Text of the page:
Jane Olin’s childhood years were spent in Steilacoom, a tranquil village overlooking Puget Sound in Washington State. Her introduction to photography came in high school where she fell in love with the darkroom experience. To her regret, she did not pursue an arts education and it was many years before she rediscovered her passion for photography. During the interval, she traveled widely for business. Japan, of all countries she visited, had the most profound impact, and its aesthetics and its Zen Buddhism resonated deeply with her.
The cultural emphasis on beauty found in nature, and in simplicity, in the imperfect, the transient, and the values of grace and subtlety suited her own. She maintains a mindfulness practice today, and present moment awareness is imbedded in her photographic process.
Like the Surrealists before her, Olin has a deep respect for the fortunes of chance. So when a strong impulse to photograph an ordinary scene of dried plants falling against a wall came over her, she followed her intuition. The resulting images became the genesis of her new series, On the Edge of Chance.
Jerry Berry’s inspiration for these images comes from his interest in Zen, Asian culture, and painting. Koi have been an inspiration for artists for millennia; especially in the Asian traditions. The beauty of color, form, and movement of these fish bring much joy to the viewer. Berry’s interpretations of Koi have been developed based on his growth as a photographer and artist. He says that “as photographers we are taught that our camera is the perfect tool to capture the ‘defining moment’ and is unequaled at reproducing finely focused images of sharpness and detail. We subsequently strive to perfect our craft with this in mind.”
He feels that the story of time and motion could be lost if the photographer freezes an image defining that moment. The spontaneity of movement and life can be lost when it is defined as an instant of time by the fast shutter speed of a camera. By allowing his camera to capture a longer portion of time/life and letting the koi become his brush stroking the canvas of his camera sensor; he blends the strengths of photographic art with those of a painter. Alan Watts in The Way of Zen, best describes Berry’s approach to his subjects as he describes Zen in the following passage: “…for Zen there is no duality, no conflict between the natural element of chance and the human element of control.”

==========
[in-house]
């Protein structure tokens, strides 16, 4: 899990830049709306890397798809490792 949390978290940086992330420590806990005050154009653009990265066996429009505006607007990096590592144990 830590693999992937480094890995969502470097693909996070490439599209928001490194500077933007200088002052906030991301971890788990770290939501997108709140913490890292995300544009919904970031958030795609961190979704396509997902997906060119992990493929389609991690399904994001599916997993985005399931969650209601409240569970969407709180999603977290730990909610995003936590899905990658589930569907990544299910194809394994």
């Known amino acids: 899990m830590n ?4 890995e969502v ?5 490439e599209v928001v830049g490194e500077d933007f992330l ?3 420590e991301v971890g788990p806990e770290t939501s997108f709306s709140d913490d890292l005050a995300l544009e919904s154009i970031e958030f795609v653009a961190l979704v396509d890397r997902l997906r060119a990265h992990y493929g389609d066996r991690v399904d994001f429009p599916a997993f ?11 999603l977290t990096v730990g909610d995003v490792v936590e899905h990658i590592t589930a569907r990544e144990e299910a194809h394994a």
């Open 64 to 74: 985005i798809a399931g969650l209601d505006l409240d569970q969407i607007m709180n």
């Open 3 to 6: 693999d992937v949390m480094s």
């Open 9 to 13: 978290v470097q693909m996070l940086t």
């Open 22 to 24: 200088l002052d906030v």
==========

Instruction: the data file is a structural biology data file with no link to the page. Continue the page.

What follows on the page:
What happens to us when we travel? If we are lucky, we become transformed. We do this by leaving the comfort of our home and making ourselves available to unfamiliar cultures and amazing new landscapes. The adventure and the challenge of putting ourselves, however temporary, in another place or way of being, can transform any person who makes themselves available to such opportunities. It can often invigorate our own way of seeing just how wonderful, precious and often times sad, life can really be.
Anna Skacel writes: “As a photographer, I am interested in expanding my horizons on this level. There are few things more gratifying than stripping away the expectations of the day and replacing them with the unknown experiences of being immersed in another society’s existence… As a photographer, and fellow human being of planet Earth, I feel that if I can help to open up people’s eyes and minds to the amazing and different things that surround us, then I have managed to do some good in this world. If I can pique the interest of the viewer as to what is happening in other cultures, and as a result, influence them is seeing the world as one diverse but amazing planet, then I have had a good day!
ENTRY PERIOD: June 1 through July 29, 2017
EXHIBIT DATES: September 7 through October 7, 2017
Viewpoint announced this open exhibition a year in advance to encourage all interested photographers to explore the richness of the American River Parkway in all seasons and weathers. The time to submit your entries is now here!
Considered the blueprint for urban parks across the U.S., the 4,900-acre American River Parkway extends along the Lower American River for 23 miles, from Folsom Dam to Discovery Park at the confluence with the Sacramento River. Combining conservation with scenic beauty, abundant wildlife, and a wide range of recreational opportunities, the Parkway hosts more than 5 million visitors annually. The Parkway also provides a wealth of photographic opportunities in all seasons of the year.
To celebrate this "jewel of the Sacramento region", Viewpoint Photographic Art Center is planning a major photographic exhibit in the autumn of 2017. Entitled Picturing the Parkway: Celebrating the American River Parkway in Photographs, the exhibit will feature a juried selection of photographs made within the American River Parkway. The exhibit is open to all photographers and all photographic techniques.
The Entry Period is now open!
ENTRY PERIOD: Now through August 5, 2017
Viewpoint Photographic Art Center is now accepting proposals for solo and group exhibitions for January–December, 2018. Exhibits in the Main Gallery will generally run for a 4 week period, but may be longer. Exhibits in the Step Up Gallery, which is reserved for members of Viewpoint only (you must be a current member to submit a proposal), will also run for approximately four weeks. Exhibits run concurrently in both galleries, with new exhibits opening during the second week of each month.
Please visit the Call for Proposals page for additional information and then log in to EntryThingy for complete details and forms for uploading your images and other information. All proposals must be made using EntryThingy online submissions. The deadline for submissions is Saturday, August 5, 2017.
We look forward to seeing your submissions!